SLAM Camhs - why do you apply for and get a section for this seriously sick child the first week in August and then decide to plan for her discharge 3 weeks later?  Is she better?  Eating anything?  Drinking anything (including water) other than 1600 cals worth of Fortisip a day?  If so, please share.  How do you expect her parents to cope with her, if a specialist unit is making no headway?  Is she one of those cases that you do not want mucking up your "success" figures?  Is her recovery just not worth it?

Just for you SLAM CAMHS

"4.4.4 Physical management of anorexia nervosa

Anorexia nervosa carries considerable risk of serious physical morbidity. Awareness of the risk, careful monitoring and, where appropriate, close liaison with an experienced physician are important in the management of the physical complications of anorexia nervosa.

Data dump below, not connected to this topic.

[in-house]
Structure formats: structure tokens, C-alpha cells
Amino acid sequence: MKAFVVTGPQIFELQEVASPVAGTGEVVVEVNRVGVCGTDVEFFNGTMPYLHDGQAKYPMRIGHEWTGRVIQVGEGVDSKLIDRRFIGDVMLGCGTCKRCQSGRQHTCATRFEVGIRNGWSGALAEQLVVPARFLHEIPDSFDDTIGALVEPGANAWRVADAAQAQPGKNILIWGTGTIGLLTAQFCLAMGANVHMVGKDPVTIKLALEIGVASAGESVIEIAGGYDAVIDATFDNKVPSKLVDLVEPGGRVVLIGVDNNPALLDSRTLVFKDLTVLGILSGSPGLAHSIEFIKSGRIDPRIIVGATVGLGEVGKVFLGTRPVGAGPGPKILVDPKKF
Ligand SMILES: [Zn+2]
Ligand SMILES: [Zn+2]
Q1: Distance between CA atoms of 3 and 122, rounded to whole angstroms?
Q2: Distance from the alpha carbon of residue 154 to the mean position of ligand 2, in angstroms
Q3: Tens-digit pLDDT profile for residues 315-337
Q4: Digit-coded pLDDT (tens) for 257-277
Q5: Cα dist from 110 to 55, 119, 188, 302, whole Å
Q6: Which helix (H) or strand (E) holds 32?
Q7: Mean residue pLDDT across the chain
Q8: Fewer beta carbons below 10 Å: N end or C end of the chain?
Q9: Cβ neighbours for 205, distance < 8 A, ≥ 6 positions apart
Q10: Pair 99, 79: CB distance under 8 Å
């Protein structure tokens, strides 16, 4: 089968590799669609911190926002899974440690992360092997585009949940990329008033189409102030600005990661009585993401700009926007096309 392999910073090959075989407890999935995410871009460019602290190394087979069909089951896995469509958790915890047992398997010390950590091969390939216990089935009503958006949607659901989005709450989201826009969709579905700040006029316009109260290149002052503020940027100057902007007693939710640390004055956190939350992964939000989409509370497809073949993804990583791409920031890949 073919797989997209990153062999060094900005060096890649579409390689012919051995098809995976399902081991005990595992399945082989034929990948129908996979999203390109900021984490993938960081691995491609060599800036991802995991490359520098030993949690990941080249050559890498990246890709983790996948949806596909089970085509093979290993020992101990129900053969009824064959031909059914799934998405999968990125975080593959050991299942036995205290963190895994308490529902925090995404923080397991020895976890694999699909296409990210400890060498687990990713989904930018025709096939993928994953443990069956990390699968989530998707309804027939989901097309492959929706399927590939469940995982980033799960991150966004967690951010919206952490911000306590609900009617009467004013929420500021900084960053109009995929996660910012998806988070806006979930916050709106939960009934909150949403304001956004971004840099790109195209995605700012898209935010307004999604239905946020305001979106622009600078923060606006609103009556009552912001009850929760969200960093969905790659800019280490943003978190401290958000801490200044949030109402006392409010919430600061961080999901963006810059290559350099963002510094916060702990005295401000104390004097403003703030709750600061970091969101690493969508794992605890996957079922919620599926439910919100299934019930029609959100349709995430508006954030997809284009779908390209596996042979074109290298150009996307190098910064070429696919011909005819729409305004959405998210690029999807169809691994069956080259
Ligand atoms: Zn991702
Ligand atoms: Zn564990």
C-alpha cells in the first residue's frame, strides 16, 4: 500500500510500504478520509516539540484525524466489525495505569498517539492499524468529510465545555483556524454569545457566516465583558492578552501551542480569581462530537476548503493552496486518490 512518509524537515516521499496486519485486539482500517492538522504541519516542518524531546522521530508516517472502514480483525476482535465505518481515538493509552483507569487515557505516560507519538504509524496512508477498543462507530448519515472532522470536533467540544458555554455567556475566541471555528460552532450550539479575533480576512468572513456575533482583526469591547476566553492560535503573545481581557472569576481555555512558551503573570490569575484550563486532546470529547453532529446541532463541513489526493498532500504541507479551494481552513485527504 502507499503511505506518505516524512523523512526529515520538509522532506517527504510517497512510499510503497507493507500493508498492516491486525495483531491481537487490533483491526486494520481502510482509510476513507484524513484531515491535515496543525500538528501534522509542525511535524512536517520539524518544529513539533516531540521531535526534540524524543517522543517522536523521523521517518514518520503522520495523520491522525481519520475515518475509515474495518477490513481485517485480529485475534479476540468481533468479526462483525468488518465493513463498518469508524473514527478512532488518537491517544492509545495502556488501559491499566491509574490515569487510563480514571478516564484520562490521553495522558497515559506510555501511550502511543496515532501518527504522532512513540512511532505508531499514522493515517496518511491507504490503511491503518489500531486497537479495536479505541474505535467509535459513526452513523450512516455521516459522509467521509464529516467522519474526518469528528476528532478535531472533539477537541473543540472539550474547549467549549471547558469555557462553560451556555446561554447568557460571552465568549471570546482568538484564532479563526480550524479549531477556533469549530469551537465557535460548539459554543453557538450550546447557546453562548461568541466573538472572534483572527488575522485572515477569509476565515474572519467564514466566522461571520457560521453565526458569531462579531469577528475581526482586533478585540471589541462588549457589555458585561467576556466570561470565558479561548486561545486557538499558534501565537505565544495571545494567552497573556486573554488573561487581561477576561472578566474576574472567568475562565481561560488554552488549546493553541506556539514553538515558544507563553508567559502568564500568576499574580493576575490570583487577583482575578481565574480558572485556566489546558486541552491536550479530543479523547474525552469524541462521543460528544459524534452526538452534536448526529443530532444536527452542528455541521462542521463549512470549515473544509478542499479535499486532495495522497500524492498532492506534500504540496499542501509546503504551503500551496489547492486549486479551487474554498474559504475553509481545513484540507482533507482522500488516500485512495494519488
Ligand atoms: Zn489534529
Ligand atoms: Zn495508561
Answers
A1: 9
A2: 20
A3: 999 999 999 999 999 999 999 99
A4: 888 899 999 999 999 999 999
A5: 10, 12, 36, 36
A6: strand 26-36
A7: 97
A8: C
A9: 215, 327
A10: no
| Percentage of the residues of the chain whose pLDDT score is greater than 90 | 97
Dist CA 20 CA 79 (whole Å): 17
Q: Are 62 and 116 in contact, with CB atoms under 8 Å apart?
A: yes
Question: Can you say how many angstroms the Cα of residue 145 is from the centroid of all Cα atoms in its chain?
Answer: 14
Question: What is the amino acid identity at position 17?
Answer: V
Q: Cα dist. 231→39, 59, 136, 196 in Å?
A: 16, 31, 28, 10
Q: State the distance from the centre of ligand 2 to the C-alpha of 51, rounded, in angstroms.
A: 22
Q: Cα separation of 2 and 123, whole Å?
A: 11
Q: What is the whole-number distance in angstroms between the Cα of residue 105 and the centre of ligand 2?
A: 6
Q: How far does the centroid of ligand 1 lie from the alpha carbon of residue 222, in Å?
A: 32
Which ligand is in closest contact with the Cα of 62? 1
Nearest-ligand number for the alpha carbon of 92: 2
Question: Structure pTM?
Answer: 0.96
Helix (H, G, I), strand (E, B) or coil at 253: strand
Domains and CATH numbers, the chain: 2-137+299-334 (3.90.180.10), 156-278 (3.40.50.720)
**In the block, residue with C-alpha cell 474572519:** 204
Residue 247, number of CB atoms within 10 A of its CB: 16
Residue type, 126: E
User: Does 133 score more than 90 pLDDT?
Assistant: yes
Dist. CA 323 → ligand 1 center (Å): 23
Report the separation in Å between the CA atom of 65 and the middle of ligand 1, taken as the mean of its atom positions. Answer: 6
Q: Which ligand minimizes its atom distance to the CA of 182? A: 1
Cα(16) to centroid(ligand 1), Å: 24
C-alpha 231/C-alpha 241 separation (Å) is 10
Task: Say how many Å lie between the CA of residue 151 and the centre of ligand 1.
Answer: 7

Managing weight gain In most patients with anorexia nervosa an average weekly weight gain of 0.5 to 1 kg in inpatient settings and 0.5 kg in outpatient settings should be an aim of treatment. This requires about 3500 to 7000 extra calories a week. (C)" (NICE Guidelines for Eating Disorders)

That is 500 to 1000 calories PER DAY in excess of the RDA for a 16 year old girl of 2,110.  This child should be having a MINIMUM of 2,610 calories per day - that would make your 1,600 calories of fortisip a SEVERE WEIGHT LOSS PROGRAMME.  Just in case you haven't noticed, she has anorexia nervosa......